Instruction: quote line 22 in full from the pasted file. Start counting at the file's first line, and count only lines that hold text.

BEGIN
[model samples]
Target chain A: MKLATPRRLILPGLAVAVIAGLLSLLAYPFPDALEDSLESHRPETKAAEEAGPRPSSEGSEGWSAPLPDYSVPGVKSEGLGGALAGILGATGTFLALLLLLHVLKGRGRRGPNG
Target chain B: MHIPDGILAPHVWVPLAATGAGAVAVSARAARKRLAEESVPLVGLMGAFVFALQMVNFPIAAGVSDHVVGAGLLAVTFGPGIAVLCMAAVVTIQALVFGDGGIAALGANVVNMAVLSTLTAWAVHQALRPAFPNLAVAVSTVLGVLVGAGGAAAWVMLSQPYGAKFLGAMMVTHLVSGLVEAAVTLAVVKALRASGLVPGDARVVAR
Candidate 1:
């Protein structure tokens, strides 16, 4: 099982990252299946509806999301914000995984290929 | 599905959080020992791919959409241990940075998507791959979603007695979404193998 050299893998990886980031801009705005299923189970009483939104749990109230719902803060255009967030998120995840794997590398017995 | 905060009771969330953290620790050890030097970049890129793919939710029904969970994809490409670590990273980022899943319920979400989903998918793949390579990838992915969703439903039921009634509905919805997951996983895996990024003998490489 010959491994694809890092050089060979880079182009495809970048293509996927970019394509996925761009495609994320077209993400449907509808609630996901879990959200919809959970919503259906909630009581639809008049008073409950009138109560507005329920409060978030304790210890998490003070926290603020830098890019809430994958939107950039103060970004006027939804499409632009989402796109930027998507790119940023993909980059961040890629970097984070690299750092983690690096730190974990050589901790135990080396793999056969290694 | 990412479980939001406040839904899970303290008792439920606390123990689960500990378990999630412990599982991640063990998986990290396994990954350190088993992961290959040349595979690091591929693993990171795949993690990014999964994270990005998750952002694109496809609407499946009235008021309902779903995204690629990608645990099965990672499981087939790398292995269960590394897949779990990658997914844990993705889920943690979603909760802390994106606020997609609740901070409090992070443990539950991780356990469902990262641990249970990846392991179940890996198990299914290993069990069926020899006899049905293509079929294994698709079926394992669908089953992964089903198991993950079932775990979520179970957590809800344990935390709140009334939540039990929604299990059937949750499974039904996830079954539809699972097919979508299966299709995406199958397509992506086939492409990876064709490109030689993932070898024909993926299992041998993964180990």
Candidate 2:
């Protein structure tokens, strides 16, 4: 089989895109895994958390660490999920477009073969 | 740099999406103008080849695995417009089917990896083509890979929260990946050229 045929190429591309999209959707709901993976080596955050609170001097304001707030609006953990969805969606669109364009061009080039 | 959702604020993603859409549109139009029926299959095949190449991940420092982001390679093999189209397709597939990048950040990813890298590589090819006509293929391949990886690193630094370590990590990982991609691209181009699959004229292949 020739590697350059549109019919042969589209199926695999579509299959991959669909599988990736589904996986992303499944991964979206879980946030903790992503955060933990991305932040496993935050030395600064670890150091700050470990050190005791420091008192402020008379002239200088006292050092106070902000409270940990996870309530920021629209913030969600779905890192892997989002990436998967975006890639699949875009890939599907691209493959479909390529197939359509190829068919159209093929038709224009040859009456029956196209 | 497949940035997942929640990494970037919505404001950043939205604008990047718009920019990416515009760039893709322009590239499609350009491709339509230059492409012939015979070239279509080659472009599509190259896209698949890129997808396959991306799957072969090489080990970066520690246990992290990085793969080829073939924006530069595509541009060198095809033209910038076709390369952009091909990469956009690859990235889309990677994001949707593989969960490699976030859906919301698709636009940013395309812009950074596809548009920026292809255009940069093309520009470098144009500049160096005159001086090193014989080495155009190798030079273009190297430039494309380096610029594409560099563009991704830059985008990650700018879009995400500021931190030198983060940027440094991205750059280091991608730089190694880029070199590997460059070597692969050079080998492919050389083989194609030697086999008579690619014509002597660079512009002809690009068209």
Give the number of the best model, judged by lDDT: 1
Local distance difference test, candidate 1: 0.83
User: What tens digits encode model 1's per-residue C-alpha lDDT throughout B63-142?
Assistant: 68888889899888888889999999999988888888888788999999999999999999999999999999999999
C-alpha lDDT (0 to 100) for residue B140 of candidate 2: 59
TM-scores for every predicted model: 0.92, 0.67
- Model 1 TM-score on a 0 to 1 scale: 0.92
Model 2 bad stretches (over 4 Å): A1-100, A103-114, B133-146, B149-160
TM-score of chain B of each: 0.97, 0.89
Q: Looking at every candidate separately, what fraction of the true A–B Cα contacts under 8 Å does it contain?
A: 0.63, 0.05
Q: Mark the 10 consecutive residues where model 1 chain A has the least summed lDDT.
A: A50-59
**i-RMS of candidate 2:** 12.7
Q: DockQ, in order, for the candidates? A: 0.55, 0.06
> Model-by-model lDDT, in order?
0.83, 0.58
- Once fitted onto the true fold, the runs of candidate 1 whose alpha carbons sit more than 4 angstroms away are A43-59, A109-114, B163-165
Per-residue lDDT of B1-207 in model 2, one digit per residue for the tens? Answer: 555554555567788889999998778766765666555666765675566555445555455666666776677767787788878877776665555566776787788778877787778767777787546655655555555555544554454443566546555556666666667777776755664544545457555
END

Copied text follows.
Q: DockQ, in order, for the candidates? A: 0.55, 0.06